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'Give her a chance': North Texas family fights to keep 9-year-old on life support

Payton Summons, 9, has been on life support since she suffered a cardiac arrest. But a Fort Worth hospital says testing shows Summons has zero brain activity.

FORT WORTH, Texas — A judge has ordered a Fort Worth hospital to keep a 9-year-old child on life support for 14 more days after the child's family lawyer filed a temporary restraining order Monday.

The parents of Payton Summons said their battle began after their little girl collapsed at home last week during a cardiac arrest.

"I was destroyed," said Tiffany Hofstetter, Payton's mother, on Sunday.​​​​​​ "​I was shattered."

Hofstetter and Payton's father, Joseph Summons, have been agonizing over their daughter's future since she was rushed to Cook Children's Medical Center.

"She was without oxygen to the brain for almost an hour," Payton's father said.

Tiffany and Joseph Summons, Payton's father, have been agonizing over their daughter's future since she was rushed to Cook Children's Medical Center early last week. The little girl collapsed at home, suffering cardiac arrest.

Doctors at the hospital were eventually able to get back a heartbeat, and the girl has been stable and on a ventilator ever since.

"She has a mass behind her heart that is twice the size of her heart," Tiffany said. "They speculate that is what caused her to stop breathing."

The girl's parents desperately want her to remain on life support, at least until they see some additional physical signs she's deteriorating.

"Her heart rate was still great," Tiffany said. "Her organs were functioning. She's still alive. Give her a chance."

But the family said they've been under pressure since shortly after their arrival to take the girl off life support. The lack of oxygen to the brain during that hour had a devastating impact, leaving her with massive brain swelling.

Payton's parents say the hospital stopped treatment for the mass and the brain swelling after a "brain death" test was conducted.

Following a series of meetings Thursday afternoon, the girl was allowed to remain on the ventilator through the weekend as part of an effort by staff and family to find another hospital to take her. That hasn't happened.

"We tried two in Dallas and one in San Antonio," Tiffany said.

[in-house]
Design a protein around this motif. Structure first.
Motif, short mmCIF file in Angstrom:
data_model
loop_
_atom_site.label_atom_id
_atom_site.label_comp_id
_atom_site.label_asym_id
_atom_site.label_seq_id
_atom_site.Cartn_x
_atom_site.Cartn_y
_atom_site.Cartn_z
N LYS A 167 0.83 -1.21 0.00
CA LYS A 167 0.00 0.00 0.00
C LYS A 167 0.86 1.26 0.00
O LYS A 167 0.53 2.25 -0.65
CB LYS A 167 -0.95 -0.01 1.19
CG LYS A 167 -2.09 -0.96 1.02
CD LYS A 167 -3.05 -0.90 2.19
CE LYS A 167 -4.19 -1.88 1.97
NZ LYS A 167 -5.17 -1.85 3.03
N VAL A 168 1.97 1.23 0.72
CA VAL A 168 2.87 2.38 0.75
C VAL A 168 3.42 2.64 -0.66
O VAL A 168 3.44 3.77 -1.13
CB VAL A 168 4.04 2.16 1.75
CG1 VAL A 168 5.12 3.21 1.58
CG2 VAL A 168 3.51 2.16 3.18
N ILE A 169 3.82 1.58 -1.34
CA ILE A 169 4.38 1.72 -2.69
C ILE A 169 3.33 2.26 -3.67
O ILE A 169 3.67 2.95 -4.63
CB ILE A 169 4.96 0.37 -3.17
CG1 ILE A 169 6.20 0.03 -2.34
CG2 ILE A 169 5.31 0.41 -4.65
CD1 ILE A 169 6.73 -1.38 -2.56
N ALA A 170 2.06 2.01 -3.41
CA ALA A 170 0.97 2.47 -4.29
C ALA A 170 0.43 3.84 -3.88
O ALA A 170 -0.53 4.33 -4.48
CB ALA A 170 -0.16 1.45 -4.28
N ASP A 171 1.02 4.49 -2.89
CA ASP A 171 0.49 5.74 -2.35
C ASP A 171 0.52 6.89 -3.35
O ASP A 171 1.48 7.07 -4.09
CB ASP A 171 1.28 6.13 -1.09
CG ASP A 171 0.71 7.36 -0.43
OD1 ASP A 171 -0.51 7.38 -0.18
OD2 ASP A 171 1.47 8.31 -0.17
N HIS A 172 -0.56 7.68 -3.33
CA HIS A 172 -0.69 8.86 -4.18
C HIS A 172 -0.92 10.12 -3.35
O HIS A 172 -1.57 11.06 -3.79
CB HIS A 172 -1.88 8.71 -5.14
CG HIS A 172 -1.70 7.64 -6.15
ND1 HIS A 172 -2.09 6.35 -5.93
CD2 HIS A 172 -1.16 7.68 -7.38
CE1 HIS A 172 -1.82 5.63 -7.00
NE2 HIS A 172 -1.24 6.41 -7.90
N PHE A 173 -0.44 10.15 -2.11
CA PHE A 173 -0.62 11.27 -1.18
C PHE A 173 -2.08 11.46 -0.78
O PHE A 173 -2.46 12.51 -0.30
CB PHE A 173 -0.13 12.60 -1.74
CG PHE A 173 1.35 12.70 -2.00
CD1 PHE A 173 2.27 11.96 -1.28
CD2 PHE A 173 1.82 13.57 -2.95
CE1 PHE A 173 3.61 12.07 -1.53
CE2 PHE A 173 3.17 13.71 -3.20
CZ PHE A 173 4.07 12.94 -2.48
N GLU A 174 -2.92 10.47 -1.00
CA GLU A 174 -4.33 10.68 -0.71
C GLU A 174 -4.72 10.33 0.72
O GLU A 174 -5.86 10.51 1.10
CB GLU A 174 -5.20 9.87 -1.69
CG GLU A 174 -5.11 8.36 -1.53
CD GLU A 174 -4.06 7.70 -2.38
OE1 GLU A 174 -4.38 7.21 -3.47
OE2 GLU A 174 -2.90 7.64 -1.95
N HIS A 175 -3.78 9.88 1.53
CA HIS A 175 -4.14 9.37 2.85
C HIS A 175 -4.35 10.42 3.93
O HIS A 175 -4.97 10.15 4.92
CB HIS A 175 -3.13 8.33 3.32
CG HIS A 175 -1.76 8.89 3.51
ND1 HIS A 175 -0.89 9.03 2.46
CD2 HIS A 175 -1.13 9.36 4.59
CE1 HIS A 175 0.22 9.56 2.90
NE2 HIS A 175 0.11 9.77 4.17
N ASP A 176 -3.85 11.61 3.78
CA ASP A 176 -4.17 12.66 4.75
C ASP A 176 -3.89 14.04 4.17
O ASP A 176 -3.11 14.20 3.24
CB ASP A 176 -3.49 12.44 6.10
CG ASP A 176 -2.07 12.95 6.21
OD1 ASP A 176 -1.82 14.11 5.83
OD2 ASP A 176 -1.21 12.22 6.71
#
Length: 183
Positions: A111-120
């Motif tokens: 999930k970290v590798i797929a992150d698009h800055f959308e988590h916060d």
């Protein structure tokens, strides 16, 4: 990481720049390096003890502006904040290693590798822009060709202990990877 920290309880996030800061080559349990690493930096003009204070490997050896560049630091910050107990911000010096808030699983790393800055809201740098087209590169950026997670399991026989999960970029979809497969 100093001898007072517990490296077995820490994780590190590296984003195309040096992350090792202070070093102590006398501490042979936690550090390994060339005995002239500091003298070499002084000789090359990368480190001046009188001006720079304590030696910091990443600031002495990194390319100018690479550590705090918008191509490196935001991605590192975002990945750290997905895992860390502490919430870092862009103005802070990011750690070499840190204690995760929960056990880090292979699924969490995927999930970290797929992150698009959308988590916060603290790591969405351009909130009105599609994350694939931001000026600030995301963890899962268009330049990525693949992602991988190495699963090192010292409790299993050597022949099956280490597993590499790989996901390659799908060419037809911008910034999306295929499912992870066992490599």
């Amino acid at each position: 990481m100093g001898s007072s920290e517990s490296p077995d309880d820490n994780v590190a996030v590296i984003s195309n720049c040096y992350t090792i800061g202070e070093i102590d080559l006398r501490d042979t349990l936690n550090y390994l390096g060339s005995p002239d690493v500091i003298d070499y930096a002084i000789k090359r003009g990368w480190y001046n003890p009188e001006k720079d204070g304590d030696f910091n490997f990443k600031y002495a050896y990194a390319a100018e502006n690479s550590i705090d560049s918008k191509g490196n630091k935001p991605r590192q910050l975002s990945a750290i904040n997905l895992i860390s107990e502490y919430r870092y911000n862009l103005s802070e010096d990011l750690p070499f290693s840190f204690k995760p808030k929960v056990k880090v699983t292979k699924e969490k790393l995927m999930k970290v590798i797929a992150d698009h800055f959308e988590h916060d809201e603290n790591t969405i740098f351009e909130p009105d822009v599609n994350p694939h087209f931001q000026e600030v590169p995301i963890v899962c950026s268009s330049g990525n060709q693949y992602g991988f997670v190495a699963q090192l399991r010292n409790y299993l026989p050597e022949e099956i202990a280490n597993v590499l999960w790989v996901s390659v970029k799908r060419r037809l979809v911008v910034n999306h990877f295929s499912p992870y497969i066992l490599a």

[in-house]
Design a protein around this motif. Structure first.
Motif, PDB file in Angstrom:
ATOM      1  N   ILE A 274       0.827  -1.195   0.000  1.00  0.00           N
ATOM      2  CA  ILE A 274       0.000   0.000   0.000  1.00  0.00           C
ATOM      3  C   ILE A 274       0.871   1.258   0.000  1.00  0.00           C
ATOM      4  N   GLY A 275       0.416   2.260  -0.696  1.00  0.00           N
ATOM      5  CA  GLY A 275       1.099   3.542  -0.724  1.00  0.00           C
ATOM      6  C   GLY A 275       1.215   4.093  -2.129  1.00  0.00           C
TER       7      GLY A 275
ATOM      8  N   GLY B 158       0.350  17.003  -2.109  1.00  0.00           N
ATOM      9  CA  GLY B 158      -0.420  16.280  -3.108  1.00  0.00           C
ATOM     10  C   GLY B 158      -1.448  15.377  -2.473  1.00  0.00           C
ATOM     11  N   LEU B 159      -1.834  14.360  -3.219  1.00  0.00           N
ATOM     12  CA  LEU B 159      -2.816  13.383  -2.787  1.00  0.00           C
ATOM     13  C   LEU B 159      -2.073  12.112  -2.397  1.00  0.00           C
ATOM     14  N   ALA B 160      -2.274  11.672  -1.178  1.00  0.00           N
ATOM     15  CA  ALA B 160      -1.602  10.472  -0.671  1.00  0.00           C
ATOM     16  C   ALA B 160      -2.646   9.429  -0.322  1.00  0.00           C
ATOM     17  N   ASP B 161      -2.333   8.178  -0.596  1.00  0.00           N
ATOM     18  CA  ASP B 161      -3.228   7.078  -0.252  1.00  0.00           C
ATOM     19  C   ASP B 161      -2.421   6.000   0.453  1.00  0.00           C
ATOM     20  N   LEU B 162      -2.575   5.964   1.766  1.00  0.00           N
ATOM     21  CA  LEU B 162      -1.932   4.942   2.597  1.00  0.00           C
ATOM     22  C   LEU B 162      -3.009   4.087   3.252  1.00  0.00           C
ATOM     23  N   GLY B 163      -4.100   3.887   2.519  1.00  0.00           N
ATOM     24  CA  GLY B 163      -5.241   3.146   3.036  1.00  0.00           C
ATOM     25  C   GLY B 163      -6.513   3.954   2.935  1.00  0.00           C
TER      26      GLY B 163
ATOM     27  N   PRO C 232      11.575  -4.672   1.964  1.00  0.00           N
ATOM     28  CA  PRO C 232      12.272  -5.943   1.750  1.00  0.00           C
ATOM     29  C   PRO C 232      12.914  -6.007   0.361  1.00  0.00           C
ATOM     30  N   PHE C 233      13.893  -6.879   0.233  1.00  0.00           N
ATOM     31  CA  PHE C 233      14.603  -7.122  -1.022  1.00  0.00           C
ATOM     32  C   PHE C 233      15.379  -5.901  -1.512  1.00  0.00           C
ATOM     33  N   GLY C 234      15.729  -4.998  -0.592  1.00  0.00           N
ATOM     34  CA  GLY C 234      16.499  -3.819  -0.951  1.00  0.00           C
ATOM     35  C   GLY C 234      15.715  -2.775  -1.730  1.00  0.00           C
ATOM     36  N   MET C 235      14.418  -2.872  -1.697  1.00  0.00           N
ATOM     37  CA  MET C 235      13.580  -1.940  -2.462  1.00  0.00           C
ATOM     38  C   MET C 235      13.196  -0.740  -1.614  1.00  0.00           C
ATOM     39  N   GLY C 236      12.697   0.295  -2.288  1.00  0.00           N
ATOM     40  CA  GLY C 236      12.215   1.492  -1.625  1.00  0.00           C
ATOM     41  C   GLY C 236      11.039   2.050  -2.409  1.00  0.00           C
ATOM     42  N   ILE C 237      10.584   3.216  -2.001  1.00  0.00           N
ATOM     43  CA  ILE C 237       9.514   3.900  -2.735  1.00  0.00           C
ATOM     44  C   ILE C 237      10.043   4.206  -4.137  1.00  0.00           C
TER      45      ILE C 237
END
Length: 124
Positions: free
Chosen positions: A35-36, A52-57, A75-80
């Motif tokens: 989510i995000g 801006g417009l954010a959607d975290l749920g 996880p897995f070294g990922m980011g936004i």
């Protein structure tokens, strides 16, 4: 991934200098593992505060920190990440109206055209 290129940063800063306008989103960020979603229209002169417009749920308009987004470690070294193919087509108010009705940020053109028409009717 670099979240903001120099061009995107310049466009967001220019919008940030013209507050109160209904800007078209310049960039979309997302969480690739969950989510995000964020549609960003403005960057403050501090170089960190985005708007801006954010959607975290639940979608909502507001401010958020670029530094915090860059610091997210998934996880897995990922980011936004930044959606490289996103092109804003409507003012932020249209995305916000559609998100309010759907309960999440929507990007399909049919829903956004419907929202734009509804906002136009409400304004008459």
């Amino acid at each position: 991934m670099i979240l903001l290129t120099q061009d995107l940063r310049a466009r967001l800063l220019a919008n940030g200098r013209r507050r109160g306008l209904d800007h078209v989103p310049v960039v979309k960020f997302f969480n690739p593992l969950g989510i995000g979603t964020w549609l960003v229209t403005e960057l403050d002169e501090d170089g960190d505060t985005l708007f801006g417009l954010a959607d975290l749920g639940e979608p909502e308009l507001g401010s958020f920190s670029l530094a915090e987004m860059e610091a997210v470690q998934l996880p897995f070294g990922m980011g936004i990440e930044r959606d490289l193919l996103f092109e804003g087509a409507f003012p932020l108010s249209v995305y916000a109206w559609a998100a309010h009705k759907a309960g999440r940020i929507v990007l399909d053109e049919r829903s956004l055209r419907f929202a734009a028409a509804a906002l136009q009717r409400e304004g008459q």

Cook Children's issued an updated statement Monday after the judge's order:

Cook Children’s will comply with Judge Wilkinson’s order to maintain Payton on ventilator support to allow her family time to explore whether she can be transported to another facility. During that time, we will hold off on performing the second brain death examination. The purpose of the second exam is to provide an independent examination to confirm the first test that showed zero brain activity which, under Texas law, means that Payton is considered brain dead.

Our physicians and nurses will continue to administer the best possible care for Payton. In addition, our staff will assist Payton’s family and their attorney in their effort to get her transferred to another facility. We respect the effort of Payton’s family to do what they believe is best for their child. We experience this kind of parental passion every day and always work alongside the parents.

A GoFund me page has also been set up to help the Summons family, as they face an uncertain 24 hours.

"They're going to do another brain death test, and then they can pull the plug, stop the breathing machine," Joseph said before the judge's order Monday. "We want them to restart treatment."

The family retained attorney Justin Moore, who filed a temporary restraining order on Monday in Tarrant County.

"It is our hope the Courts will grant Joseph and Tiffany an extension in order to find a hospital to place Payton in so she can recover," Moore said in a statement.

Payton already survived cancer when she was a toddler. Her parents said she's strong enough to beat the odds again, no matter how steep.

"I believe a miracle will happen for my daughter," Joseph said.

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